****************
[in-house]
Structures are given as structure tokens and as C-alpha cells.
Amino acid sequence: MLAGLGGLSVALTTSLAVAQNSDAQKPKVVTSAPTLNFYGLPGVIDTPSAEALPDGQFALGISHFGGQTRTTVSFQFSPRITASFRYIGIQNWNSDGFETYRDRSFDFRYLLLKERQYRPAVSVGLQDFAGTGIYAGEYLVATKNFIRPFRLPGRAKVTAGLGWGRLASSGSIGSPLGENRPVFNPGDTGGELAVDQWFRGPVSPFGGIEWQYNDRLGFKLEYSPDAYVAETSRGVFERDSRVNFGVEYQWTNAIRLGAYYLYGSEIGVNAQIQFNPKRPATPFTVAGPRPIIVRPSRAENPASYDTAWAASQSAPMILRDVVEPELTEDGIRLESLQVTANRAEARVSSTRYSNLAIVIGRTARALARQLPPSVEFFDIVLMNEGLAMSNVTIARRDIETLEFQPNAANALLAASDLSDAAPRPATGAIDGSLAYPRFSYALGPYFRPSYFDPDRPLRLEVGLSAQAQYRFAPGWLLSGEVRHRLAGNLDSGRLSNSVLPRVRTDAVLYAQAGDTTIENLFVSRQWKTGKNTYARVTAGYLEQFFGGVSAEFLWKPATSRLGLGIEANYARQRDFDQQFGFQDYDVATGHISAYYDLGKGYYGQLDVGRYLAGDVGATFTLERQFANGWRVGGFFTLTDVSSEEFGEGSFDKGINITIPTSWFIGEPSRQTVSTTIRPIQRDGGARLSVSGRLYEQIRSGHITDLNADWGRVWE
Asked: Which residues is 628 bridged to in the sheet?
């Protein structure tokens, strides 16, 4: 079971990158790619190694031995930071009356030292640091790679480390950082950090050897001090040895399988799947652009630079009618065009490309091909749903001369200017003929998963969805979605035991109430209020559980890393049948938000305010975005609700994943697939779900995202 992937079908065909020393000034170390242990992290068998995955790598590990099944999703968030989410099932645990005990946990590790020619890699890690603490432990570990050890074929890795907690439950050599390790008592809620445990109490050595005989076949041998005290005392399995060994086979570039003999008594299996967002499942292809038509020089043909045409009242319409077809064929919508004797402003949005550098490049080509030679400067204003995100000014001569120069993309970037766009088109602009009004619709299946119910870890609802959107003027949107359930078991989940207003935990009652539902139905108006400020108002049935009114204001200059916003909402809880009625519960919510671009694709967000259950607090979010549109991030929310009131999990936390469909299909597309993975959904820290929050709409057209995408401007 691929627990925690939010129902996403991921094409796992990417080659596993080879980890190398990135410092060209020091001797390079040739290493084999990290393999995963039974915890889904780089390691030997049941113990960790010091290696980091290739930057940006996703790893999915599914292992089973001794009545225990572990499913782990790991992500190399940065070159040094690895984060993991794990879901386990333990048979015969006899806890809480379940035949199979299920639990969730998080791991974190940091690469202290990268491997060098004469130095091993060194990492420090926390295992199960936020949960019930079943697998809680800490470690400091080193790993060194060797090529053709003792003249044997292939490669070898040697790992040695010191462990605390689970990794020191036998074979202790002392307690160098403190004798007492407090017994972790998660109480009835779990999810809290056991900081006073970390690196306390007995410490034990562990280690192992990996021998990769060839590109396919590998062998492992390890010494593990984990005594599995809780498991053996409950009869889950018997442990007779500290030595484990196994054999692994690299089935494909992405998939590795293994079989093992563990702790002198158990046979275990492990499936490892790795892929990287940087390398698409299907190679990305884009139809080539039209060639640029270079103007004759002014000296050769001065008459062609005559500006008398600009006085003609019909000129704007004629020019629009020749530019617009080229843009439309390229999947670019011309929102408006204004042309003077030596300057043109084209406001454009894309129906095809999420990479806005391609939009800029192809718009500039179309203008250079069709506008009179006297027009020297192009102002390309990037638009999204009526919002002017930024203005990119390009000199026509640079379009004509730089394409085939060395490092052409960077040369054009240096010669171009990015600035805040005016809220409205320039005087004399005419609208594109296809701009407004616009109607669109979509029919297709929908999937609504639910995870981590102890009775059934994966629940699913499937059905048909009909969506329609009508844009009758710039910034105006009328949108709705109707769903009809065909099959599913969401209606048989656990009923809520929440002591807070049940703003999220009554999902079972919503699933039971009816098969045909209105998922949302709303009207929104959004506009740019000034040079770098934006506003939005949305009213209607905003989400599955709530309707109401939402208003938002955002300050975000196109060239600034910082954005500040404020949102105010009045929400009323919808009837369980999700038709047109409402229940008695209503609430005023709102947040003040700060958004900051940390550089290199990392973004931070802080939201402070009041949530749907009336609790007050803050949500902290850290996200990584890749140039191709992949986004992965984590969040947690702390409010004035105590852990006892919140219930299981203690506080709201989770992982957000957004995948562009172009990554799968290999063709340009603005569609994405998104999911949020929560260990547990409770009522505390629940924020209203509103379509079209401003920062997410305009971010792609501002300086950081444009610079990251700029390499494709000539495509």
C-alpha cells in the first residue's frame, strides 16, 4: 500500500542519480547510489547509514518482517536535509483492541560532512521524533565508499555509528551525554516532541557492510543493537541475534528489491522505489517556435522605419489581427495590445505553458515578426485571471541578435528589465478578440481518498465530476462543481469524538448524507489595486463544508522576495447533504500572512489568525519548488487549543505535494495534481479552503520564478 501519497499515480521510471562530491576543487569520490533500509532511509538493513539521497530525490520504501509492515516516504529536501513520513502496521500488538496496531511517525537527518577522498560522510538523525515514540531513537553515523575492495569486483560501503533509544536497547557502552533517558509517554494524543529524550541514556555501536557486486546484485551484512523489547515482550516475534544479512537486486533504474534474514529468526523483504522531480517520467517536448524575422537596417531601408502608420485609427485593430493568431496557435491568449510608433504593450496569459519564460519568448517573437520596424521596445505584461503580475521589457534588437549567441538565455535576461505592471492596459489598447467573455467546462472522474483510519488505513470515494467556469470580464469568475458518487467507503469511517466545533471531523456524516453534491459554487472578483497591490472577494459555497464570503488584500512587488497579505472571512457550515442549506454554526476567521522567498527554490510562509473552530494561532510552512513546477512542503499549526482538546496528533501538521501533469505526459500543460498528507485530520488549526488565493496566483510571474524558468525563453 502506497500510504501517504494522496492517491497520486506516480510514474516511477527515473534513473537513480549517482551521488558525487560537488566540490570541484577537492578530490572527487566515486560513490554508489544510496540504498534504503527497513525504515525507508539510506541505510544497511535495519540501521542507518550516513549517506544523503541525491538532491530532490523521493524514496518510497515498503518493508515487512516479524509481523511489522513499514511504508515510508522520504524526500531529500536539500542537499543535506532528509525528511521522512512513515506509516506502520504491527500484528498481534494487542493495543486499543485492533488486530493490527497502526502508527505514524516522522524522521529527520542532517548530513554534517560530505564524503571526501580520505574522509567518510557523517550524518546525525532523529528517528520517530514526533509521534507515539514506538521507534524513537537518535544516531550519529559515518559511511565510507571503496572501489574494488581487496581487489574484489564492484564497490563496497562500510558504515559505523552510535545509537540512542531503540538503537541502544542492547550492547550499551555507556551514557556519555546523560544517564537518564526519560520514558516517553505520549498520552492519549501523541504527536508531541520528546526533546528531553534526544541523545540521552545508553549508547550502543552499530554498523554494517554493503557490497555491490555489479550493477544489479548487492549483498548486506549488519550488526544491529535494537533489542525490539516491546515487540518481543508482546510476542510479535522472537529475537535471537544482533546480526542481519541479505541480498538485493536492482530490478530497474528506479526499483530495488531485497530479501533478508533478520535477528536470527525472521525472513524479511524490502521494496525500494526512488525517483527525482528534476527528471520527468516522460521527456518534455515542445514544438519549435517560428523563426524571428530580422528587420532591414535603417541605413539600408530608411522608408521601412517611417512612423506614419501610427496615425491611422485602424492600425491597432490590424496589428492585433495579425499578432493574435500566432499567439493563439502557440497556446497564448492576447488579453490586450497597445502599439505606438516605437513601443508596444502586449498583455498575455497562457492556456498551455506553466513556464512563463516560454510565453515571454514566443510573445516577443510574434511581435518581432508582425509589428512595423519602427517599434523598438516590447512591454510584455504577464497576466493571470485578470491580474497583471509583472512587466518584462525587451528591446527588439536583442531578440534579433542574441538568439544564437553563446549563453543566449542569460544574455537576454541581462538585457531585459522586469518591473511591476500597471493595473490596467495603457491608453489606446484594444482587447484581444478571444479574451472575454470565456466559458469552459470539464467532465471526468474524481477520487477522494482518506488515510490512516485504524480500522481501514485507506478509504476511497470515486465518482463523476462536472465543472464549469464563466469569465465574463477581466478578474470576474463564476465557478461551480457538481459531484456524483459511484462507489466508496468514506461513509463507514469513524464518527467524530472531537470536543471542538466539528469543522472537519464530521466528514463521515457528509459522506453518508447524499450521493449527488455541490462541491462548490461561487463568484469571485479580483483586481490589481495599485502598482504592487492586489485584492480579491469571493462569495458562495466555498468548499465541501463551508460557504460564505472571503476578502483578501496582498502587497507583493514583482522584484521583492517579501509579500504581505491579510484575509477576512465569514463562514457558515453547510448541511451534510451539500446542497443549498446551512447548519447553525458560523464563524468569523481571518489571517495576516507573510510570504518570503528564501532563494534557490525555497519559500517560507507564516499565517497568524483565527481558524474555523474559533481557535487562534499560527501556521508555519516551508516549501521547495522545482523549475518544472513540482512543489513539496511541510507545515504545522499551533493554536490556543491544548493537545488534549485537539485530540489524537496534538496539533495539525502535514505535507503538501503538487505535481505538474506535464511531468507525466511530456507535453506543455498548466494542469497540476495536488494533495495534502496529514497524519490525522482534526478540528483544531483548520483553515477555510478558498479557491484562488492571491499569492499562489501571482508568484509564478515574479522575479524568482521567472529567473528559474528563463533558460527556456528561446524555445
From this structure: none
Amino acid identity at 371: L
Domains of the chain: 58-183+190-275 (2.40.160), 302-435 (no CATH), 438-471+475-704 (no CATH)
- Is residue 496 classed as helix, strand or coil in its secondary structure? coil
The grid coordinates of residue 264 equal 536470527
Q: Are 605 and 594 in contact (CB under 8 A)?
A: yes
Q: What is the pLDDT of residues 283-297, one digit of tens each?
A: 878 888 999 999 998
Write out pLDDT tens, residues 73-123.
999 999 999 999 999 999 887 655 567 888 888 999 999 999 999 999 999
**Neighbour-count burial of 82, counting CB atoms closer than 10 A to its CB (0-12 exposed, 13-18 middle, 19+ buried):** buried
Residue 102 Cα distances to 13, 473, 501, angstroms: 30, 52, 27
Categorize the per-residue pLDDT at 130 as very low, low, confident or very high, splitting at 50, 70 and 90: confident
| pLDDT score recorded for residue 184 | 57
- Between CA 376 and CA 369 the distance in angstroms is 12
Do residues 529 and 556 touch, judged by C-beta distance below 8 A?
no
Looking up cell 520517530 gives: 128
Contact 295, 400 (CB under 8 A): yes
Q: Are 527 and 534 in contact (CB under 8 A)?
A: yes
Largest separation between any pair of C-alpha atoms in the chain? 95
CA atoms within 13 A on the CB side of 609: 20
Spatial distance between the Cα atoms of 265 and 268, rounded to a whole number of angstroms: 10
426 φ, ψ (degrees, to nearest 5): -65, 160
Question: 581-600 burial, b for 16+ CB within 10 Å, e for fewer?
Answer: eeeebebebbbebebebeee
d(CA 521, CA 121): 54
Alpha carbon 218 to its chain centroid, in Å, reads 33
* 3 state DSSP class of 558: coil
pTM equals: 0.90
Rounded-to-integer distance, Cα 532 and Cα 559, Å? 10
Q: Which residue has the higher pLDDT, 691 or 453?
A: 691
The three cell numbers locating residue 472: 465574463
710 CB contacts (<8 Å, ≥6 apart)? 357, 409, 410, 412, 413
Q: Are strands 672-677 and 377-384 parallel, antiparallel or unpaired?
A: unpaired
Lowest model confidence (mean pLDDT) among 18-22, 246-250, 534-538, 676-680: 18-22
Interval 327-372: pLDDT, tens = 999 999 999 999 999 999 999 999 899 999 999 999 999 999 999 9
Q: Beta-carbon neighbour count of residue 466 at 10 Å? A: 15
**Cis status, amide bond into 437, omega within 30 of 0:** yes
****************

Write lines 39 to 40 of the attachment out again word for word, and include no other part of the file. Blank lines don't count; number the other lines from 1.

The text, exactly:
Rounded-to-integer distance, Cα 532 and Cα 559, Å? 10
Q: Which residue has the higher pLDDT, 691 or 453?